Then do this:

Renix Jeep C101 Connector Refreshing



The C101 connector on 1987 and 1988 Renix Jeeps was a source of electrical resistance when the vehicles were new. So much so that the factory eliminated this connector in the 1989 and 1990 models. The factory recommended cleaning this connector to insure the proper voltage and ground signals between the ECU and the fuel injection sensors. We can only imagine how this connector has become a larger source of voltage loss and increased resistance over a period of almost 25 years. The C101 connector needs to be cleaned at least once in the lifetime of your vehicle. Chances are it’s never been done before.


Almost every critical signal between the engine sensors, injectors, and the ECU travel the path through the C101.


The C101 is located on the driver’s side firewall above and behind the brake booster. It is held together with a single bolt in it’s center. To get the connectors apart, simply remove the bolt and pull the halves apart. You will find the connector is packed with a black tar like substance which has hardened over time.

Take a pocket screwdriver or the like and scrape out all the tar crap you can. Follow up by spraying out both connector halves with brake cleaner and then swabbing out the remainder of the tar. Repeat this procedure until the tar is totally removed. This may require 3 or more repetitions. Wipe out the connectors after spraying with a soft cloth.


If you have a small pick or dental tool tweak the female connectors on the one side so they grab the pins on the opposite side a bit tighter. Apply a true dielectric grease, not the stuff that came with your brake pads, to the connection and bolt it back together.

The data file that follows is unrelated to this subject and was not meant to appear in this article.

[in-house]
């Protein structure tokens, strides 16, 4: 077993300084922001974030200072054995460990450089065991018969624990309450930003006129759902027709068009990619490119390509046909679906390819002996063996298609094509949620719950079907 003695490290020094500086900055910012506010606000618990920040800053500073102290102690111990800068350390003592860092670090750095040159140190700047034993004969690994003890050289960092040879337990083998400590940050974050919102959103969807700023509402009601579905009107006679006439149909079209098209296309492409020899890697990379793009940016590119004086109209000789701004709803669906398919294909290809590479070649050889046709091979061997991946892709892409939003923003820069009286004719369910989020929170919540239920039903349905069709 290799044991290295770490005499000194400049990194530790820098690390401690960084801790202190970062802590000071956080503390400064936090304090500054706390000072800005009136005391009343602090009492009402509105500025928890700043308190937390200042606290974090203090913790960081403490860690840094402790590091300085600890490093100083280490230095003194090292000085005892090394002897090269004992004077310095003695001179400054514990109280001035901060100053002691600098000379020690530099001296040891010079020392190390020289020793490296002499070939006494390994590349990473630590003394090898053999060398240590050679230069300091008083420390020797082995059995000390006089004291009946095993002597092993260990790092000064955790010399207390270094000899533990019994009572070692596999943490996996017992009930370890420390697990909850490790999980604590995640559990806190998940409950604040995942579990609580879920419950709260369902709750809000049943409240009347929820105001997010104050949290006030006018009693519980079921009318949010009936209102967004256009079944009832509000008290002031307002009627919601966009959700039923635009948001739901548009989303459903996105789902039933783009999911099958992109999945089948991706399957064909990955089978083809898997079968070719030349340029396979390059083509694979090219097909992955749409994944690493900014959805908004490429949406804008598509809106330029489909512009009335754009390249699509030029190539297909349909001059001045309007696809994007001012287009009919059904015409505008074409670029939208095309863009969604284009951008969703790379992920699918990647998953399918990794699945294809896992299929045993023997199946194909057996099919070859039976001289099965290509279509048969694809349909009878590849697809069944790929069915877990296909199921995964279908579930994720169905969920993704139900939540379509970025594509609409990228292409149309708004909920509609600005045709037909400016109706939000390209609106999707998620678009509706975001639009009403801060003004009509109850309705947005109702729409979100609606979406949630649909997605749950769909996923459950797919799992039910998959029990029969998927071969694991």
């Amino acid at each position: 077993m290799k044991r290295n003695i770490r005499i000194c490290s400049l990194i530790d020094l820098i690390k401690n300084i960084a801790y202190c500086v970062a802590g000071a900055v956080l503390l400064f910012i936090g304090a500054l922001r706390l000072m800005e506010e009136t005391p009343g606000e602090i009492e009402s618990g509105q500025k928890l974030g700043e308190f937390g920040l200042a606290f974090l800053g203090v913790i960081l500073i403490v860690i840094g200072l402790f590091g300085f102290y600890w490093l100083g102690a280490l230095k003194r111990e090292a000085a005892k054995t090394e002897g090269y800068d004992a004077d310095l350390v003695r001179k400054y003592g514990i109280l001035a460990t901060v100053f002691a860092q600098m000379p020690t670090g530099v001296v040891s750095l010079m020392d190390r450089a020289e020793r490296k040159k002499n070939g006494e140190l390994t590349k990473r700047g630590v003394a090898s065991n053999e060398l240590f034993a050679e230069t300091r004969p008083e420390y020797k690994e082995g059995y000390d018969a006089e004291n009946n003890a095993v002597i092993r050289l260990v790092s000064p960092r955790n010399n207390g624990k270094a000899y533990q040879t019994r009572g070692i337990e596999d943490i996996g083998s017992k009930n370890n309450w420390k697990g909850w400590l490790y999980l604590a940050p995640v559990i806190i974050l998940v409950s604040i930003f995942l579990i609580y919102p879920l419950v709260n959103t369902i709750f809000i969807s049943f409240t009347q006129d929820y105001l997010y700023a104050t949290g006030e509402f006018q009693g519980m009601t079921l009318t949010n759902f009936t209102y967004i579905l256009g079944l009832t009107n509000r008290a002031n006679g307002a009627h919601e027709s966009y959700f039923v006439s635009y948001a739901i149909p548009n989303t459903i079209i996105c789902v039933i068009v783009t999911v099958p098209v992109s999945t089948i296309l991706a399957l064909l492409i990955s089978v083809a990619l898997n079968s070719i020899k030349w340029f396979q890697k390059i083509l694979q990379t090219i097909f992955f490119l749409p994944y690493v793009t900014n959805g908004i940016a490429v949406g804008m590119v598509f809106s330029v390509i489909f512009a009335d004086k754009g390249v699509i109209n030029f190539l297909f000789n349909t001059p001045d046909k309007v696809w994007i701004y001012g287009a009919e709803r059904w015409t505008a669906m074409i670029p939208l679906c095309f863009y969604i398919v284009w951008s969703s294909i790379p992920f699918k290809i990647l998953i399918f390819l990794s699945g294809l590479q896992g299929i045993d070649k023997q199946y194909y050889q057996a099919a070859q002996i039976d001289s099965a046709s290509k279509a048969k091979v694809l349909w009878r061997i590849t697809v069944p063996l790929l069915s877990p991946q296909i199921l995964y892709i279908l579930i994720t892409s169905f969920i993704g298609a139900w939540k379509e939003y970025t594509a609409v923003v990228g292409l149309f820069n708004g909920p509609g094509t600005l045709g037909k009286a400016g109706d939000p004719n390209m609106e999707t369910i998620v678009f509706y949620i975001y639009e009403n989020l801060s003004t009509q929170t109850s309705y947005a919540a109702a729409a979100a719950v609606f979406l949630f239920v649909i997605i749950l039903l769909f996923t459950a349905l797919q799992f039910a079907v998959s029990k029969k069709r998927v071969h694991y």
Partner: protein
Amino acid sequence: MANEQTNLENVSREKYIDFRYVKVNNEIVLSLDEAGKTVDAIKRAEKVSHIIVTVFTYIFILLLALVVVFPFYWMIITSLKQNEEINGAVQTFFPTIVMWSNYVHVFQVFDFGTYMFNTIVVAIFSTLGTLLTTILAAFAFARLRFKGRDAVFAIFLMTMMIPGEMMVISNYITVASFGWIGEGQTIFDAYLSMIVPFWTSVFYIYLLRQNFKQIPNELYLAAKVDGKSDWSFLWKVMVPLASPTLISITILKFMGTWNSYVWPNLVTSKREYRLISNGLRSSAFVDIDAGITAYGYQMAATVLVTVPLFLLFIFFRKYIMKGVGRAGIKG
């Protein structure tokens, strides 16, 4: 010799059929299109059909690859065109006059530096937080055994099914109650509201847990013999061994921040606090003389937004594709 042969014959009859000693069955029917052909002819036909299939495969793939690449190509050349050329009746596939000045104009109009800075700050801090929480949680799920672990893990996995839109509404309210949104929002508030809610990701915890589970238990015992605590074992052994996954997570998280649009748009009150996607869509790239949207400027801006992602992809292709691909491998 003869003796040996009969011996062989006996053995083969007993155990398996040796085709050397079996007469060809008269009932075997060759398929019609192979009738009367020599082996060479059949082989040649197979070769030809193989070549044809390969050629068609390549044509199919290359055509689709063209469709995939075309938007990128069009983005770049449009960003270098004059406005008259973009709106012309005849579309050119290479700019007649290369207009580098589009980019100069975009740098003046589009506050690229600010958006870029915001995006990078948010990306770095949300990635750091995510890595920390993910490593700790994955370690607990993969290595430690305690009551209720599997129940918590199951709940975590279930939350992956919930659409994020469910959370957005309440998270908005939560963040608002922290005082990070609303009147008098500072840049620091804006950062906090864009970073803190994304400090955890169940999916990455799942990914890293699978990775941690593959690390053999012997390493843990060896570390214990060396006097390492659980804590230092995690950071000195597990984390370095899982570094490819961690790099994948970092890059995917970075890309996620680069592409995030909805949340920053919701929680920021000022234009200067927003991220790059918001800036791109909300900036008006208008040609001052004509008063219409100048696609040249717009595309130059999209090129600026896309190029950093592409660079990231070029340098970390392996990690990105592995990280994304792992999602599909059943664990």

Revised 11-29-2011

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My original starter was performing weakly, and then just quit one day.

Changed the solenoid, no joy. Had recently upgraded to large mains

cables. Put in a new OEM starter and was stunned at how easily it

cranked the motor. May not need a high performance starter after

you look into the cable condition, unless you have really high compression.

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:agree: Do both and the OEM starter will do just fine. Not only the starter will benefit, the entire electrical system will be more efficient, require less amperage draw for each circuit, and lower the overall load on your alternator and battery.


If you want to upgrade your grounds and battery cables in general, contact Jon at www.kelleyswip.com. He makes an incredible cable upgrade for a very reasonable price.


He makes good stuff. :D

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Hornbrod is correct.


The ground refreshing will not only benefit the starting of your Jeep, but it affects all the grounds for your fuel injection system. Read the write-up. It details what sensor grounds are affected. This should be done to every Renix Jeep at least once in it's lifetime or under your ownership..


The C101 connector refreshing write-up I included in the other post is super critical, too. It's the junction of the super-highway of communication between the eCU and most all of the sensors. Poor connections equals poor info to and from the ECM.